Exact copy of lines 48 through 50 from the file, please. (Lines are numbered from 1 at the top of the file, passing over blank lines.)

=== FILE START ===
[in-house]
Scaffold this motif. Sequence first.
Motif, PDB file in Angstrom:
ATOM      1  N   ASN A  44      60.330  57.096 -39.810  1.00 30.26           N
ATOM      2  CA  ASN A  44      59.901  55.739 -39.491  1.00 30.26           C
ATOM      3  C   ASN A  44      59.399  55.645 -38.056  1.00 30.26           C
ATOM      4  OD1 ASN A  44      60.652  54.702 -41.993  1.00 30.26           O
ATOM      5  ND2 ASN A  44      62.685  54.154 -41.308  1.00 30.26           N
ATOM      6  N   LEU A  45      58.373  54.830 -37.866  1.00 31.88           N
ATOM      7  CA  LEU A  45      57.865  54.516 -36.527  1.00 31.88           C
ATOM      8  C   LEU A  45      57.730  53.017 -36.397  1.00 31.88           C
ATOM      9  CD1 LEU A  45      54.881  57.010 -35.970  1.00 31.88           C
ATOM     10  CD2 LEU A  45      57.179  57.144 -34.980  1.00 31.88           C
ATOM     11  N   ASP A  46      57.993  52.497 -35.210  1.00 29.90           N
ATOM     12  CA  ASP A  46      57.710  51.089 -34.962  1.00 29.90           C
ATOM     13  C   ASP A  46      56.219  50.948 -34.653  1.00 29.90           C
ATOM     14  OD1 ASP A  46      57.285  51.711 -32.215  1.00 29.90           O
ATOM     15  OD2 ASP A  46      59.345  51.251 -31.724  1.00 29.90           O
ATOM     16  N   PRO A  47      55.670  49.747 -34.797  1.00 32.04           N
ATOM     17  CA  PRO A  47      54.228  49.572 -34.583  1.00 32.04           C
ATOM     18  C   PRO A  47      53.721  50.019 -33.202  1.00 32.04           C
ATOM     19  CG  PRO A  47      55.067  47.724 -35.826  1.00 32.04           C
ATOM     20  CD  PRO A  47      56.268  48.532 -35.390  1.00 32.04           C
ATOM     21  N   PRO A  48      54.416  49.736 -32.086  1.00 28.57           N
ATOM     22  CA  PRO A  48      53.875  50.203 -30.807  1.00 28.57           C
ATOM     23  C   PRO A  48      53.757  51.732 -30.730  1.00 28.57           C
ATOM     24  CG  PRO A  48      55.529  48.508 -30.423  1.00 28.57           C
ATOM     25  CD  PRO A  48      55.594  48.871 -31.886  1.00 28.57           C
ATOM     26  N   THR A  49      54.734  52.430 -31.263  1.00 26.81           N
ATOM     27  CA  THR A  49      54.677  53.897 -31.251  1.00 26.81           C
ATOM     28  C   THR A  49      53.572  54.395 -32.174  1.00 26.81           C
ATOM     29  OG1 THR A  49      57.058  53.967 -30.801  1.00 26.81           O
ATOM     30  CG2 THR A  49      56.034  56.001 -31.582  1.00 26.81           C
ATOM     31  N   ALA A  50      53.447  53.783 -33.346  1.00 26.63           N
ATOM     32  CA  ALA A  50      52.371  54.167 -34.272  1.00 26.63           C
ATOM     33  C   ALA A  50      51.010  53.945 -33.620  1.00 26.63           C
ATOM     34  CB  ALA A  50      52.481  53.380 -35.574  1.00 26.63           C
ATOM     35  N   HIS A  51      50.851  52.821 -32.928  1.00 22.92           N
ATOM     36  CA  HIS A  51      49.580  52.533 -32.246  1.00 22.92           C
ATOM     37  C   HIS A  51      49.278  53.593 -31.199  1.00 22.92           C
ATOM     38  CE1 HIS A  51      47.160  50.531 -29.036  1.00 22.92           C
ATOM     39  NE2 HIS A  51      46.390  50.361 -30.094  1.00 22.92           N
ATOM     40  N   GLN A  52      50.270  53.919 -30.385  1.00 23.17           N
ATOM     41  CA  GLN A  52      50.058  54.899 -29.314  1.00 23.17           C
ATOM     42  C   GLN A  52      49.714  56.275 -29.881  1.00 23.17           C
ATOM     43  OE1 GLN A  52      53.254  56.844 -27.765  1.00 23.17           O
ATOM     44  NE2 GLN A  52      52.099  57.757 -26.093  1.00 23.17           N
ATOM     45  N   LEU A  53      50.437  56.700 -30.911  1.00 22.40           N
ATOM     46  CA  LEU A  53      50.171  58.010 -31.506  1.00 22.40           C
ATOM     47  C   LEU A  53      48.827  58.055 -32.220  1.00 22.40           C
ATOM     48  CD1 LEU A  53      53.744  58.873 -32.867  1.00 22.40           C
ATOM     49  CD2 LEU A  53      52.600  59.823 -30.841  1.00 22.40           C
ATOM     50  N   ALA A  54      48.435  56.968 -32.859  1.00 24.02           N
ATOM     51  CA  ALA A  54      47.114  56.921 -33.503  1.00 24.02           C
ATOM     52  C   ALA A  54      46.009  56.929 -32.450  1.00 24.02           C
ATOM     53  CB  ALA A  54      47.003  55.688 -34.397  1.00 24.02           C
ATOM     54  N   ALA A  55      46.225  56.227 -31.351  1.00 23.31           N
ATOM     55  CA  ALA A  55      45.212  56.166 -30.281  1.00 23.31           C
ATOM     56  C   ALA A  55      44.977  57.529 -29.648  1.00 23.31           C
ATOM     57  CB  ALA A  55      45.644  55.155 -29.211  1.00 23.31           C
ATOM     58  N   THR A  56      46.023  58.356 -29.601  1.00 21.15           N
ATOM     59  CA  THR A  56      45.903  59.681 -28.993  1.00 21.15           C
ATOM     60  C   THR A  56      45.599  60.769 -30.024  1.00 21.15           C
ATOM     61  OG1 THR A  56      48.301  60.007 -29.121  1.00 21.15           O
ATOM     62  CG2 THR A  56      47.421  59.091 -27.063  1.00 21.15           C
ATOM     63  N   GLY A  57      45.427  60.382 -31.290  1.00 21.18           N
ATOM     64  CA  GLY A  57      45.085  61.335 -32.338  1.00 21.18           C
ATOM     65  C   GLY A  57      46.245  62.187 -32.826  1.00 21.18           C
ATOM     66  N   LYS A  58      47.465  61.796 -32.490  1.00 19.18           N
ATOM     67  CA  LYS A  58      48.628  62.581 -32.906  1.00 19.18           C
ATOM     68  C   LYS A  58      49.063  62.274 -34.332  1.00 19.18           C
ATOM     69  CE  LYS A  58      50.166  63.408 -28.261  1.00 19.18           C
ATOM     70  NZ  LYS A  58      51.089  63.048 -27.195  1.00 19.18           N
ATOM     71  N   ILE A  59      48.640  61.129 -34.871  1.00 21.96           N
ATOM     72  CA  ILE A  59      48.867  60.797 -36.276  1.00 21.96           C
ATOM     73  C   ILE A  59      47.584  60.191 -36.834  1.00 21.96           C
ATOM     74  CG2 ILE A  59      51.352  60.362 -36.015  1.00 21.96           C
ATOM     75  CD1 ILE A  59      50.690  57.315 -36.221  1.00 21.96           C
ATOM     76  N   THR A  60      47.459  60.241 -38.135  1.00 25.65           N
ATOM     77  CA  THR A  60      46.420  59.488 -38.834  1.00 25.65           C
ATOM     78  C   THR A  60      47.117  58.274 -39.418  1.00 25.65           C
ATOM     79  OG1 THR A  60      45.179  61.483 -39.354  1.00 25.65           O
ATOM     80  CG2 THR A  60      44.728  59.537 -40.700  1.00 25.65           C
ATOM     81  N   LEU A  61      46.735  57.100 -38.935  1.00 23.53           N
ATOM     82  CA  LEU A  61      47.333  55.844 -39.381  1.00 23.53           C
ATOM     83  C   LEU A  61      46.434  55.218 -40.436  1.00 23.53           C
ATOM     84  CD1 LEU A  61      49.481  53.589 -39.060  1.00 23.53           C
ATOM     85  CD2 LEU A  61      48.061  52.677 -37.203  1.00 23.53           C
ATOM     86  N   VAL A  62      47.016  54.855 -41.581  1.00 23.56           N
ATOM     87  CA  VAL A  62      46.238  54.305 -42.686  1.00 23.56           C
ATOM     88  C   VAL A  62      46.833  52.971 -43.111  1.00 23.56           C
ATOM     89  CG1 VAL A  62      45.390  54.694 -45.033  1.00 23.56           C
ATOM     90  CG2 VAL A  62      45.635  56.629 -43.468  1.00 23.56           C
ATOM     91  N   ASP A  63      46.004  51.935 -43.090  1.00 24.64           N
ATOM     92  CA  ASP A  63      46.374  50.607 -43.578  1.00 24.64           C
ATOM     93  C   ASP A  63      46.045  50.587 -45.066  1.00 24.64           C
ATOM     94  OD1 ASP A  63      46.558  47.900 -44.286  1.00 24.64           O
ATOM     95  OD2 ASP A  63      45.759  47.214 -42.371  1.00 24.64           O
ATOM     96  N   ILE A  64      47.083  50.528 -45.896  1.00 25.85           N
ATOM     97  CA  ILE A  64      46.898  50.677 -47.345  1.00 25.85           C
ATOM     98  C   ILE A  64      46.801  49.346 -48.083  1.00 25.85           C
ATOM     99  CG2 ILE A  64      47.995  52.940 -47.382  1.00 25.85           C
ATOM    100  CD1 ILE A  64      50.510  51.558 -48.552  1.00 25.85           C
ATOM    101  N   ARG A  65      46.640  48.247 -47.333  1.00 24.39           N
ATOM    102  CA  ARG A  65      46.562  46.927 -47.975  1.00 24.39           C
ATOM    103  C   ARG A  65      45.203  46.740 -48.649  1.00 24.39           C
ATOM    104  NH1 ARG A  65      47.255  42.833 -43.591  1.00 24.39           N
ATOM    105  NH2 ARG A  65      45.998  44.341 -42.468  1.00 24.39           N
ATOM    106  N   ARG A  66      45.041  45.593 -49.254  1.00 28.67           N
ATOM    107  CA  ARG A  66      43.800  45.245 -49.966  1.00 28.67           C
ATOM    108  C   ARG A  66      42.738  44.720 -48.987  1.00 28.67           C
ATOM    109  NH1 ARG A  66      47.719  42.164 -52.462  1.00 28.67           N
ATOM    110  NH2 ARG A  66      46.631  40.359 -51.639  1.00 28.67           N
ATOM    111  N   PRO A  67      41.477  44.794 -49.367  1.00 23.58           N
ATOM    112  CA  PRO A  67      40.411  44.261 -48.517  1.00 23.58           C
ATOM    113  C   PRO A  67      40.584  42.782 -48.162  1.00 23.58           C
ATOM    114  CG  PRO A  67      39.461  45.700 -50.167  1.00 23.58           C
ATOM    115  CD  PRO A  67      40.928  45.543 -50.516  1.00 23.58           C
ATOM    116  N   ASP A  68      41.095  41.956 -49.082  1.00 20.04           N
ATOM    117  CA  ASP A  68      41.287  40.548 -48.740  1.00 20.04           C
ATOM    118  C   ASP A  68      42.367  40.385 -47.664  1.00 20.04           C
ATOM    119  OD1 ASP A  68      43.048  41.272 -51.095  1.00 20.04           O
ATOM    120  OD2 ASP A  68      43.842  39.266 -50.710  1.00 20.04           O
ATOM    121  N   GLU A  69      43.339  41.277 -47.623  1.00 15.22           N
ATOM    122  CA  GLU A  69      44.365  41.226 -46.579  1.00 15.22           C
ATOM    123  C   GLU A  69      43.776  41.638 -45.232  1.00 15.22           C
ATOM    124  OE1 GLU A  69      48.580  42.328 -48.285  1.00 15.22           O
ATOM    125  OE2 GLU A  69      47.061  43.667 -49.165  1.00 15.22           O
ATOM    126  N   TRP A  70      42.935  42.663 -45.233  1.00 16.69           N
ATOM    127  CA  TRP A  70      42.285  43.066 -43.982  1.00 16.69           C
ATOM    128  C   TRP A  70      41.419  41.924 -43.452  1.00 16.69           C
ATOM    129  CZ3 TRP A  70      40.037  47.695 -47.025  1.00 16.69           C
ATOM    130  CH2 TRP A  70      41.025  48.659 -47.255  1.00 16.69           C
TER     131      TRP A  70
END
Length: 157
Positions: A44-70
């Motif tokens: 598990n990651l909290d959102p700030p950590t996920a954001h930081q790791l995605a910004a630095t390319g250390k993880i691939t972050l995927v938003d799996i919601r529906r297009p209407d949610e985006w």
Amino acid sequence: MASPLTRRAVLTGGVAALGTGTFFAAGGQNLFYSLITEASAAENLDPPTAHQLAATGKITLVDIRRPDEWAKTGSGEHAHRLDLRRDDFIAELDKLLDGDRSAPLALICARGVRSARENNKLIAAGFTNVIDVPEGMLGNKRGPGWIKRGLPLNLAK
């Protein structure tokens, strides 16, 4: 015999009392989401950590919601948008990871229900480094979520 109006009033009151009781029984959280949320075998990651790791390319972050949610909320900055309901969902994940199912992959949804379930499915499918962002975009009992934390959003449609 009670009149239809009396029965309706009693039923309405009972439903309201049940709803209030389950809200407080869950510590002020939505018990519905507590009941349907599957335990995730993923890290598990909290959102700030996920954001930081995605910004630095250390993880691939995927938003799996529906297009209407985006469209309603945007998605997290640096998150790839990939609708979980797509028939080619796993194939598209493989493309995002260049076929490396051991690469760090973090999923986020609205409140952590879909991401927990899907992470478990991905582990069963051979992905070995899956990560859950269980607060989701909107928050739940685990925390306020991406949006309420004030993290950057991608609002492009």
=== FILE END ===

ATOM     45  N   LEU A  53      50.437  56.700 -30.911  1.00 22.40           N
ATOM     46  CA  LEU A  53      50.171  58.010 -31.506  1.00 22.40           C
ATOM     47  C   LEU A  53      48.827  58.055 -32.220  1.00 22.40           C